Tshego Tlou, from Soweto, went blind in 2014 and called a radio station asking if there was an organization that can assist him. Someone referred him to an NGO in Cape Town, the League of the Friends of the Blind (LOFOB). Tlou decided to move to Cape Town so he could take part in the organisation’s rehabilitation and education programmes.
Fast-forward to 2023, Tlou is now an Orientation and Mobility practitioner at LOFOB. “I train other blind people how to walk around safely and efficiently. I also teach computer literacy and smartphone training,” says Tlou.
Western Cape Minister of Social Development, Sharna Fernandez, visited LOFOB, which is one of 62 Social Service Organisations supported by the provincial Department of Social Development.
The NGO, which turned 90 years old this year, provides extensive support services to people with visual impairments including counseling, rehabilitation, and education support programmes. It is currently supporting 19 matriculants across the province and 55 children through its inclusive education and pre-school programme.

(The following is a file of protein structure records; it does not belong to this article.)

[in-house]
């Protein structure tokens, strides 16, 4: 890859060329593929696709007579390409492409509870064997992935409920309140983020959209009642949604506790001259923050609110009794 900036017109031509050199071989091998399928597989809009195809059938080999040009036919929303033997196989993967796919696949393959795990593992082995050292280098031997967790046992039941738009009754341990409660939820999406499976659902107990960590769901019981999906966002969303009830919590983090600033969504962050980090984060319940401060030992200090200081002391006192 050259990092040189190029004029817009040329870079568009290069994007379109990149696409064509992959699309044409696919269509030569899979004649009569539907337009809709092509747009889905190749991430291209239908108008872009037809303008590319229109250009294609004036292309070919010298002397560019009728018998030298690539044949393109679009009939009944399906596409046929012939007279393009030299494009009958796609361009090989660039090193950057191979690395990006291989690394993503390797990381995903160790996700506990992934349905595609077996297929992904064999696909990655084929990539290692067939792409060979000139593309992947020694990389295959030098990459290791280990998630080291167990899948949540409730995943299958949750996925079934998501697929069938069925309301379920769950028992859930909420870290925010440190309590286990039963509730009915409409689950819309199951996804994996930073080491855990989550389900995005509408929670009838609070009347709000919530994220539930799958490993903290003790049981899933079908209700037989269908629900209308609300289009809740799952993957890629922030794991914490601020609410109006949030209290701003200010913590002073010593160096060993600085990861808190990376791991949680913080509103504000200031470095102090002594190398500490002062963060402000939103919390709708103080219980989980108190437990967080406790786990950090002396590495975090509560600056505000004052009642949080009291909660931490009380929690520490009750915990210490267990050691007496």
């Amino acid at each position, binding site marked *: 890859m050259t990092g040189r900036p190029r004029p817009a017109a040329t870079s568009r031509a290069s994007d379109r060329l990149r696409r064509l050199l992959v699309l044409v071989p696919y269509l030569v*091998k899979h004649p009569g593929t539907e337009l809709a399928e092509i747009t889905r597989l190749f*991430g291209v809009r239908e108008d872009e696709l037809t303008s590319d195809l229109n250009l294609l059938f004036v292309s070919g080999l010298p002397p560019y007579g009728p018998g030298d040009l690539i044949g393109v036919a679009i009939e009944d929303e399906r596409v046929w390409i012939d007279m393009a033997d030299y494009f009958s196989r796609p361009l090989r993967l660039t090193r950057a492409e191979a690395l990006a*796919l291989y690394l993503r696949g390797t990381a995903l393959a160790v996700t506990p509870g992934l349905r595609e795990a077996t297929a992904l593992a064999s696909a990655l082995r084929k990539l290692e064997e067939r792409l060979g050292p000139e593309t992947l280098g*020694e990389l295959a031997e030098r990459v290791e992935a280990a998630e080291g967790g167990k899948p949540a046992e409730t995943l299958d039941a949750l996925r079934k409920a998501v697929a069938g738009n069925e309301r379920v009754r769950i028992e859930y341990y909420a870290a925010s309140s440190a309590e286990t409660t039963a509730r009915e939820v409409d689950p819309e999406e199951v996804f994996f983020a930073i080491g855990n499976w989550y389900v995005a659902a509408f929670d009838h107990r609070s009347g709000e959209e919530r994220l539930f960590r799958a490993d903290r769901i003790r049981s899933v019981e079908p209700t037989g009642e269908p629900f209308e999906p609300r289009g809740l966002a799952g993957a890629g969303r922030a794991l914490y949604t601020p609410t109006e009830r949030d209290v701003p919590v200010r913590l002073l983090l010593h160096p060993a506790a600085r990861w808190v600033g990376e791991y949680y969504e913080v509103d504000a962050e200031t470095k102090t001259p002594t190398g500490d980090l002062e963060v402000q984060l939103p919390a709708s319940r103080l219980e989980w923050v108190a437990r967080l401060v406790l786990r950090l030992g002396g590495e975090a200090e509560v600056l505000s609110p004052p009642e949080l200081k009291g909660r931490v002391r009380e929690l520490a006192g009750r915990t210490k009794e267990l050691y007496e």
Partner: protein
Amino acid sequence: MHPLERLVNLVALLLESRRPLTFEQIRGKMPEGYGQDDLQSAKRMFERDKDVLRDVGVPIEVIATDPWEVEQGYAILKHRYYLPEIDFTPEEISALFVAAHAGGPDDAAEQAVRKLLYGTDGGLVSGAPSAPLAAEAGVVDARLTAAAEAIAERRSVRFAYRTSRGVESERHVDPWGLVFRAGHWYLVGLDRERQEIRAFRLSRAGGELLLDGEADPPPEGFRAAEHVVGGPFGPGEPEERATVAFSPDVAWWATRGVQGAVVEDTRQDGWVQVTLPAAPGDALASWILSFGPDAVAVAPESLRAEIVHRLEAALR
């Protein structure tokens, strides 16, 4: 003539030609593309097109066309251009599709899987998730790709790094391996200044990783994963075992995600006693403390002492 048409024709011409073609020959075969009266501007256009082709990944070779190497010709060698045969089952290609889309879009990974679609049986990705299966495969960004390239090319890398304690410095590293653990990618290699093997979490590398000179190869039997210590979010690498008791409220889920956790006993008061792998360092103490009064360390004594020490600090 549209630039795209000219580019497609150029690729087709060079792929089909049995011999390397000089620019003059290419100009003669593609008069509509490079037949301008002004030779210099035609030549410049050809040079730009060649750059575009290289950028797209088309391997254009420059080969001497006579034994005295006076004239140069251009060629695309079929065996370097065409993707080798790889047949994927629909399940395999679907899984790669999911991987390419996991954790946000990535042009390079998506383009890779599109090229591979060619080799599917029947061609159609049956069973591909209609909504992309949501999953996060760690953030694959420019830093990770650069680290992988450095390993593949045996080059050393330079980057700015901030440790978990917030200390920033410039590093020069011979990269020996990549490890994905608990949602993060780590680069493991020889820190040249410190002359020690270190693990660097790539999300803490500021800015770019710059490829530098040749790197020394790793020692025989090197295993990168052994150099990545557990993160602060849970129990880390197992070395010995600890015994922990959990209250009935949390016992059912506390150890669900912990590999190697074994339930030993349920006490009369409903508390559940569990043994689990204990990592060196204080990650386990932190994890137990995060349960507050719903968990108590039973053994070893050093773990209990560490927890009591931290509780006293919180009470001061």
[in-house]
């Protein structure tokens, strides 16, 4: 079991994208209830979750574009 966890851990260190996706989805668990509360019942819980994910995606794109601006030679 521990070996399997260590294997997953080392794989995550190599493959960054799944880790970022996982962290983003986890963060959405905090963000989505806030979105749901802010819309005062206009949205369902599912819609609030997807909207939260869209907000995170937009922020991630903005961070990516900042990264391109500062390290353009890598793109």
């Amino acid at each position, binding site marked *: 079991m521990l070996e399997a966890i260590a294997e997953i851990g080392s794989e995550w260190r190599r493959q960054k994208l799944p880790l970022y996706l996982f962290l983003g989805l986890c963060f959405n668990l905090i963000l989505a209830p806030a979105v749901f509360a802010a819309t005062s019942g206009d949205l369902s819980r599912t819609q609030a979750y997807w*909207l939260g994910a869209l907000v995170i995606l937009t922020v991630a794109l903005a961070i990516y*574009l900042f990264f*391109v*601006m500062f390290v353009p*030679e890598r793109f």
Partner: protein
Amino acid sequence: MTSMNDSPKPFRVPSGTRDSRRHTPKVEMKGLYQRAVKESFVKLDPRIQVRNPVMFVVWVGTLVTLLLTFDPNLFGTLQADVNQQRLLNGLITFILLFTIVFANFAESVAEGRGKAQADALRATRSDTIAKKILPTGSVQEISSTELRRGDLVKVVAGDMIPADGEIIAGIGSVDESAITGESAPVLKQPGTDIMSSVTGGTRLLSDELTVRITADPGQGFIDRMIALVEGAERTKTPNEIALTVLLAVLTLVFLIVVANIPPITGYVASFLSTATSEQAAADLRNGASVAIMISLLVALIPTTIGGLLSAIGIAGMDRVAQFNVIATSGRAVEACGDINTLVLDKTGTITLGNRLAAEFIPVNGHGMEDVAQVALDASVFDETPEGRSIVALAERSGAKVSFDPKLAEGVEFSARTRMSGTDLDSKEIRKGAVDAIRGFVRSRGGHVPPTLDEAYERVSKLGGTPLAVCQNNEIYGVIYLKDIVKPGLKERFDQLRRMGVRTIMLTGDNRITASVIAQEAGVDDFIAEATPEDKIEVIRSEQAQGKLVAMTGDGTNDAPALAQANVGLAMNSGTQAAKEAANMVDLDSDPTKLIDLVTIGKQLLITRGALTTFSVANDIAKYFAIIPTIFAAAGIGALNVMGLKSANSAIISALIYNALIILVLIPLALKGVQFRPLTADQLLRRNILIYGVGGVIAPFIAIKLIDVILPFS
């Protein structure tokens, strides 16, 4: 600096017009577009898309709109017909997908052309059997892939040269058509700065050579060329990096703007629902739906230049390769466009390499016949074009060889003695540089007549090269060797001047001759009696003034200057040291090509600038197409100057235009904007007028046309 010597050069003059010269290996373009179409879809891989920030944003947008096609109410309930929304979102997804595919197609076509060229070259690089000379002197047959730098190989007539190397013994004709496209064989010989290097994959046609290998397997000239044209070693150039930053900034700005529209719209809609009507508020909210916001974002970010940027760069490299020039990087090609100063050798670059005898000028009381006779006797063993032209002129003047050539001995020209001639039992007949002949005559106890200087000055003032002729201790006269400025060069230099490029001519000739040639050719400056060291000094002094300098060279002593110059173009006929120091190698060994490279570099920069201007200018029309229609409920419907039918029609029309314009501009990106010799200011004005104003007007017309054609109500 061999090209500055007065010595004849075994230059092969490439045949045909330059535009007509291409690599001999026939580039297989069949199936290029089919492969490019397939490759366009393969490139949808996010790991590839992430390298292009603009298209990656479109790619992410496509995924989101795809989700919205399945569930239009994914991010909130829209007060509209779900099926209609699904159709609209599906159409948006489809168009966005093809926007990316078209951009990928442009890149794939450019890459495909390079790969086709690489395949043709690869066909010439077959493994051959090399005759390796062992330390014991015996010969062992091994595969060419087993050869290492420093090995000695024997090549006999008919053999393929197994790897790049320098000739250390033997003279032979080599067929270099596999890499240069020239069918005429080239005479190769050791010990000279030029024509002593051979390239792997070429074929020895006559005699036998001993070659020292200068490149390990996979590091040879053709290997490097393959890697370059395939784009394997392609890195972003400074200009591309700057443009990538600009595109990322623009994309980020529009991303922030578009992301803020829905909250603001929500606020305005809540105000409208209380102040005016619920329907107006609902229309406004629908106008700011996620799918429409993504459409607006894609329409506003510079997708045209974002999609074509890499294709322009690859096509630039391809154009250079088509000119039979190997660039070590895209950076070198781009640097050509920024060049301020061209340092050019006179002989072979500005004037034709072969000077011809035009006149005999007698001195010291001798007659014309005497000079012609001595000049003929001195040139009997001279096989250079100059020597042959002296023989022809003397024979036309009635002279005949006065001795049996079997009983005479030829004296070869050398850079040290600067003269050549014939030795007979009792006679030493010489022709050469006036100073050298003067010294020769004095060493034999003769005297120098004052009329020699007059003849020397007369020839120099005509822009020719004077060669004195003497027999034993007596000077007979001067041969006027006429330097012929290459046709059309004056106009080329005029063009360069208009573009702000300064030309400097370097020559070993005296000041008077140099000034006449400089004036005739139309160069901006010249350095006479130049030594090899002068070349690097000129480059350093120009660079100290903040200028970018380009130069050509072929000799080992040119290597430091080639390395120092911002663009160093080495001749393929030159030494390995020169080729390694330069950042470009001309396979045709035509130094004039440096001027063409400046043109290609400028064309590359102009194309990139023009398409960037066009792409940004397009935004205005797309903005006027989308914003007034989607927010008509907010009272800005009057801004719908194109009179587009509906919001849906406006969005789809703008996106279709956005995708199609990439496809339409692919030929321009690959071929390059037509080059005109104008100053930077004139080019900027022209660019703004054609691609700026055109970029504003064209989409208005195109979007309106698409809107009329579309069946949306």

Minister Fernandez spoke to several inspirational staff and students at LOFOB who shared their stories of hope.
Ruwayda Smith attended preschool at LOFOB, and now thanks to the NGO she is a skills developer who prepares other young people who are visually impaired or blind for the world of work. “I train clients independent skills, like personal care and braille. I also run the Readiness Information Programme, which prepares clients for employment or further studying. I believe through my experience I am able to help others,” says Smith.
There were also students who shared how LOFOB has changed their lives for the better, like Avumile Diba who suddenly fell sick one day a few years ago, ended up in a coma and when he awoke, he had lost his sight. While in hospital, members from LOFOB visited him to tell them about the programmes available. He said, “I’m not giving up on life, the training I’m currently doing at LOFOB is giving me hope for the future, knowing that I might have a chance again to go and work.”
“These stories of hope and perseverance are reminders of the power of the human spirit. They are also reminders that more needs to be done to accelerate the economic empowerment of persons with disabilities because a job gives a person dignity. There are many individuals wishing to improve their lives through education and work. That is why we depend on the work of NGOs like LOFOB, so that those they have supported and helped can do the same for others, like Ruwayda and Tshego,” says Minister Fernandez.
LOFOB manager Benita Petersen advises people to have their eyes tested once a year as she says many cases of blindness are preventable if identified in time.